Common Financial Planning Mistakes

By Jason Fittler

1. Too Little Too Late
Most people only go through retirement once in their lives. Many financial planners go through it on a weekly basis. Too often, planners see what happens when people face retirement with too little money to sustain a comfortable retirement and too little time to make up the deficit. Even those who have sought advice earlier in life are sometimes reluctant to commit to a plan to reach their retirement goals. They cite mortgages, renovations, overseas travel, school fees and not planning to stop working as reasons to put off seriously investing in their long-term future.

The combination of compound interest and Government incentives favour the tortoise over the hare.

2. Paying Unnecessary Taxes and Fees
People generally don’t want to pay more tax than they need to. But they quite often do. Taxes can act as a drag on your efforts to achieve your financial goals.

Be aware of these taxes:

  • 15% tax on earnings in super for clients over 55
  • Excess contributions tax for superannuation payments
  • Potential salary sacrifice contributions taken as income
  • Capital gains tax on short-term investments

3. Falling for Investment Fads
Investing can be very emotional. Envy and greed often tempt clients to chase hot asset classes, share market sectors, managed funds or property schemes. History shows that this rarely pays over the long term. Tech stocks, speculative mining stocks and highly leveraged property investments have all caused financial hardship for a large number of retail investors. You need to take the emotion out of investing and invest in accordance to your attitude to risk and understand the strategic investment framework that is appropriately diversified and tailored to your individual risk appetite.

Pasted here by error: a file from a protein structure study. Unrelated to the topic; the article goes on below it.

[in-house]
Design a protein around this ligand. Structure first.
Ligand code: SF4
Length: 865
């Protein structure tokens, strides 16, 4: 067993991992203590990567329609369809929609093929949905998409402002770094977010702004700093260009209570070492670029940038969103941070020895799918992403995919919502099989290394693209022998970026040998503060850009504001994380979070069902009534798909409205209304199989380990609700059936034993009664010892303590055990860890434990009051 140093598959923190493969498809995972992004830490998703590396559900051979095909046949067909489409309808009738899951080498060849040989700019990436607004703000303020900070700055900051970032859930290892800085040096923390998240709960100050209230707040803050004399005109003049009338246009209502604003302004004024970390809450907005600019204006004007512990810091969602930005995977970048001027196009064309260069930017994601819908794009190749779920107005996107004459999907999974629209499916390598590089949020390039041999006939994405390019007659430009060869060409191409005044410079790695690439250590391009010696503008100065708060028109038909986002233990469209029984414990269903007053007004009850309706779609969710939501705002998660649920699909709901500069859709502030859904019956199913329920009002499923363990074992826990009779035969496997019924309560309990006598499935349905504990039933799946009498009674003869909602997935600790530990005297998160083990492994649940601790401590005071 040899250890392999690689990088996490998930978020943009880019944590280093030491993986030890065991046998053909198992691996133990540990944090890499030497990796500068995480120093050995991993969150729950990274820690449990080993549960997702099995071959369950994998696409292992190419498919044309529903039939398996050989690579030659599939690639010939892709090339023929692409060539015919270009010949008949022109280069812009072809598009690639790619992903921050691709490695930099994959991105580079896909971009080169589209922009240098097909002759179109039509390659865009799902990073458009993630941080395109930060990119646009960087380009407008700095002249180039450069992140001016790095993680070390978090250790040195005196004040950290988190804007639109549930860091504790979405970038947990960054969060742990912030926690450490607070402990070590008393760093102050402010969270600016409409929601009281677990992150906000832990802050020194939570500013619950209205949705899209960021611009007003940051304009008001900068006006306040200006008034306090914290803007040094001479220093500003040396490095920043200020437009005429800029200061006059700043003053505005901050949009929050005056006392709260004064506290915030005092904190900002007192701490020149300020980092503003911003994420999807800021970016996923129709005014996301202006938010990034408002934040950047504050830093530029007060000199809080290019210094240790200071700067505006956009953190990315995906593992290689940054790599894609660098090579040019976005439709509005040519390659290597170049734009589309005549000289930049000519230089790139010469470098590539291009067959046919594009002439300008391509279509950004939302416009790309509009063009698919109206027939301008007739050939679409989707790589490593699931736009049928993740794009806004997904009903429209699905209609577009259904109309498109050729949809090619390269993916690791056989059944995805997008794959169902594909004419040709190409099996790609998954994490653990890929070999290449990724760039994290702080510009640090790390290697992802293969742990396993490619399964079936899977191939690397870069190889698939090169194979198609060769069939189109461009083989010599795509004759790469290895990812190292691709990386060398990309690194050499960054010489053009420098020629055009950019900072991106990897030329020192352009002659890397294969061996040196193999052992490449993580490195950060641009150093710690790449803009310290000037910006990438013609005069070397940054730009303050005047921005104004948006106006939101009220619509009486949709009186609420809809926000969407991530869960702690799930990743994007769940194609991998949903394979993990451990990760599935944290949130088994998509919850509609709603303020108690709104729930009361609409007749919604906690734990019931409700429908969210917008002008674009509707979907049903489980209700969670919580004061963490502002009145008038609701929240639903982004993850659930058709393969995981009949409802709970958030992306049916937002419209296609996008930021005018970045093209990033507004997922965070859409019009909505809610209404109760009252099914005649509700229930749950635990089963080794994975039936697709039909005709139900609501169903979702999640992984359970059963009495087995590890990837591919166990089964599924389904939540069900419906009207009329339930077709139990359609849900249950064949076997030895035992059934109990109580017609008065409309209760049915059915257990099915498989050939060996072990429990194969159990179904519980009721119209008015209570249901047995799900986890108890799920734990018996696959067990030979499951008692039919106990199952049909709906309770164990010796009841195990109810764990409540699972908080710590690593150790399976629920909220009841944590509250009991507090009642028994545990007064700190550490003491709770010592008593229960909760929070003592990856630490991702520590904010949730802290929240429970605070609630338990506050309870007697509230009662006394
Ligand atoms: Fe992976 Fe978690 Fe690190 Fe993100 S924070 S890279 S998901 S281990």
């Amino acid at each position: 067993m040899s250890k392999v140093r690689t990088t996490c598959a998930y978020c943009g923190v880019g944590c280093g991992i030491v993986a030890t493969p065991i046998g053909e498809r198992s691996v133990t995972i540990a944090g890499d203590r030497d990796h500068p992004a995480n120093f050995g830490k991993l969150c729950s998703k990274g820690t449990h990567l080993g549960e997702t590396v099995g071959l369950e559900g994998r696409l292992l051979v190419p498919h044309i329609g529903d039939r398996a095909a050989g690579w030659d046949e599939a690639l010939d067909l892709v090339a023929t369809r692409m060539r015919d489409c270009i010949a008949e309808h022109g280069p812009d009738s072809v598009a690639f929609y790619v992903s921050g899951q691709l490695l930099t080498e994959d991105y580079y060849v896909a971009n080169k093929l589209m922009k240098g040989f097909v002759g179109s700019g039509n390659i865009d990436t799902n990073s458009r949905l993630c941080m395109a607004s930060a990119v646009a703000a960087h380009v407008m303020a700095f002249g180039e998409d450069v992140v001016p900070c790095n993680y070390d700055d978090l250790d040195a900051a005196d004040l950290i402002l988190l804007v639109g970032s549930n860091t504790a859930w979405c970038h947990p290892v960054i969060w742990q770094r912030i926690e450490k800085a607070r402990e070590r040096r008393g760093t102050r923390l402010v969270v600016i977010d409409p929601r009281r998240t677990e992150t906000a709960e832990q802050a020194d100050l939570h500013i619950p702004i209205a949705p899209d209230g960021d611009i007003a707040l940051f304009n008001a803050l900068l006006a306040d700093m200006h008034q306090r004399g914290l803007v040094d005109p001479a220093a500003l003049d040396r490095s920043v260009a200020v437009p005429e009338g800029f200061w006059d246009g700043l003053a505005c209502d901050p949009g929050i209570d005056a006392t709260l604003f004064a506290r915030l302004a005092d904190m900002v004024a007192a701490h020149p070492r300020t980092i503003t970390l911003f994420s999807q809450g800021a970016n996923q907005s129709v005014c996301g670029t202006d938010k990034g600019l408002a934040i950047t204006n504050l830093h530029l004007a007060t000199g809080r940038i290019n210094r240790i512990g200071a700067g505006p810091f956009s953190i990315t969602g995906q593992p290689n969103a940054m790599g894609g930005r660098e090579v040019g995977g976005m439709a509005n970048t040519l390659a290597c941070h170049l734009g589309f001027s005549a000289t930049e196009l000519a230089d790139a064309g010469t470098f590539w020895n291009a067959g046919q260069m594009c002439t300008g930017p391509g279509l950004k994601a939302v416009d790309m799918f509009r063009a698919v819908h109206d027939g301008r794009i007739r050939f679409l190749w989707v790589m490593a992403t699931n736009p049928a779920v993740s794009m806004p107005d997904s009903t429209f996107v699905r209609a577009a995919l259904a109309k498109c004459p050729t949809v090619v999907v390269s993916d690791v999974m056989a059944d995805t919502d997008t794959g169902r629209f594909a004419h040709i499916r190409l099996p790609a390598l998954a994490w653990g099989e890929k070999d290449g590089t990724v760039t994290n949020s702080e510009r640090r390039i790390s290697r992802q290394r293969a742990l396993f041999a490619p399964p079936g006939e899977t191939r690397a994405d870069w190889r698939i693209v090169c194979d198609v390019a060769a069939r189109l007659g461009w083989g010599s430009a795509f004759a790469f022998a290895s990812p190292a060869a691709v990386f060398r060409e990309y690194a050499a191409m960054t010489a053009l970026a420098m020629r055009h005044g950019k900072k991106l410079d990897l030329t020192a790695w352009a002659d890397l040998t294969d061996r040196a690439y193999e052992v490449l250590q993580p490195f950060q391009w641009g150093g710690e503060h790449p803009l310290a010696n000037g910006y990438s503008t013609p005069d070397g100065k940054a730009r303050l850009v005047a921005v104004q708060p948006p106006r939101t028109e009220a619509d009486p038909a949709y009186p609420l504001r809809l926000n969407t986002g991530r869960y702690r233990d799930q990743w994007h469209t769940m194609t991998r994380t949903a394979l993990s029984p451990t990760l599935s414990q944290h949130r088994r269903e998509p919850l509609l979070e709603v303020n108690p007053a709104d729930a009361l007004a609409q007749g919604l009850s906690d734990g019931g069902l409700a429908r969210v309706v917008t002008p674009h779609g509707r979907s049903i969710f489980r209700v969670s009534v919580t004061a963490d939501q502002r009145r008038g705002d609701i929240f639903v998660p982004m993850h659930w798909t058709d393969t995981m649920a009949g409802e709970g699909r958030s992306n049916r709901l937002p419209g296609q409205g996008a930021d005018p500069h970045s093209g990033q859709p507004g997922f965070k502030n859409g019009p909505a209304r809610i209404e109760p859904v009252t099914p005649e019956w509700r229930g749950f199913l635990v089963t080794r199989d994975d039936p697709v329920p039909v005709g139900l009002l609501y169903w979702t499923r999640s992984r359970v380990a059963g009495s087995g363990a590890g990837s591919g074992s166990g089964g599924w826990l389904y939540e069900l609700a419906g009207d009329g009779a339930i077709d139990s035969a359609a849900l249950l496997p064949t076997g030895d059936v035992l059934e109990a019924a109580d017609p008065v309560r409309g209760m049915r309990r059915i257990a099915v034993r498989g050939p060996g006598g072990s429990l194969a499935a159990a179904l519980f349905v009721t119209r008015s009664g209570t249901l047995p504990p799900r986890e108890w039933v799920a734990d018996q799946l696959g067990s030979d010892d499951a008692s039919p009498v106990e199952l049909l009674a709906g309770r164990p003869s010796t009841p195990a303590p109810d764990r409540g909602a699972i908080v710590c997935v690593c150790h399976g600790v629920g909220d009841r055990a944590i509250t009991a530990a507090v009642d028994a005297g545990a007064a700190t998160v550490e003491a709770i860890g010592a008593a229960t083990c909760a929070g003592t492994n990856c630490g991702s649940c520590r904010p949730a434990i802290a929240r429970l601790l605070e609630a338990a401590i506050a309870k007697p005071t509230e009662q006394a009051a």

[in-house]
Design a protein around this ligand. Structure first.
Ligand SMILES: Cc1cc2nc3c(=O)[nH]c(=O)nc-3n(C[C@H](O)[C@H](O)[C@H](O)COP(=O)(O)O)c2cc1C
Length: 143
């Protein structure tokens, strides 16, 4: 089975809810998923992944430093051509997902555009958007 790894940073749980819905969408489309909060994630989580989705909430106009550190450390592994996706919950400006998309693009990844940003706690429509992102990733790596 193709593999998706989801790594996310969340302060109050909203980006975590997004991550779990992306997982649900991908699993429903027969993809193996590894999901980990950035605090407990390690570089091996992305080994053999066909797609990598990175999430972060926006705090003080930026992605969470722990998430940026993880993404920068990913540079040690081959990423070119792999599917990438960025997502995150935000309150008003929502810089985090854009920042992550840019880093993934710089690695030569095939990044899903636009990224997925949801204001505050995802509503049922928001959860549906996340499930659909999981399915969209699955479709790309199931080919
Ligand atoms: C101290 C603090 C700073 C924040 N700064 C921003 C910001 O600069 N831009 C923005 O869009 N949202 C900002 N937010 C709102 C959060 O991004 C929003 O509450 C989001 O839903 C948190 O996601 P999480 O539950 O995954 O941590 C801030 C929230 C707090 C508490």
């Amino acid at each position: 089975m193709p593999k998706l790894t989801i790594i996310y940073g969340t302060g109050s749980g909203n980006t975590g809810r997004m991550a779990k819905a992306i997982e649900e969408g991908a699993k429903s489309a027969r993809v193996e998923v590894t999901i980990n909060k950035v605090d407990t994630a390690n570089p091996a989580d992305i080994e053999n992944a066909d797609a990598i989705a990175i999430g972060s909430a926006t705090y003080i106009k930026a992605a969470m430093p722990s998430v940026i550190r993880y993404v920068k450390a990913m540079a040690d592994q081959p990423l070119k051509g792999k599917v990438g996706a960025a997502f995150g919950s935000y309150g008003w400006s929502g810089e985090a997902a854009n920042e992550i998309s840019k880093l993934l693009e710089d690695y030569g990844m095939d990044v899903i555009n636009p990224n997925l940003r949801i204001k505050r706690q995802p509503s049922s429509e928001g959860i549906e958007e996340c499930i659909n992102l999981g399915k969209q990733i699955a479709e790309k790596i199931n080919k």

4. It Won’t Happen to Me
You are often either unaware or unwilling to admit that risk exists in your life. You need to make sure that the correct level of insurance is held and that you have a Plan B. Job losses and illness can cause major financial strain if not correctly accounted for.

5. Failing to Plan
As the old saying goes, “if you fail to plan, you plan to fail”. You are very unlikely to achieve your major life goals, if you fail to first articulate those goals and secondly put a framework in place to achieve them. Goals often lie under the surface in a person’s sub-conscious. You need to identify and articulate these goals, this will allow you to visualise what success looks like. If your goal is to see the world, you need to visualise stepping on the plane. If your goal is to pay off their mortgage, try to visualise what it will feel like making your last payment. A vision will provide more motivation to achieve those goals.

Financial Planning advice is most commonly measured as good or bad depending on the performance of the investments. This is a common mistake. Performance is a measure of the investment, not the advice you are receiving. Investment advice is how your adviser goes about choosing the investments for you.

Financial Planning is getting the tools and advice you need to achieve your goals.  

Do you need Financial Planning advice? Please call me on 07 4771 4577.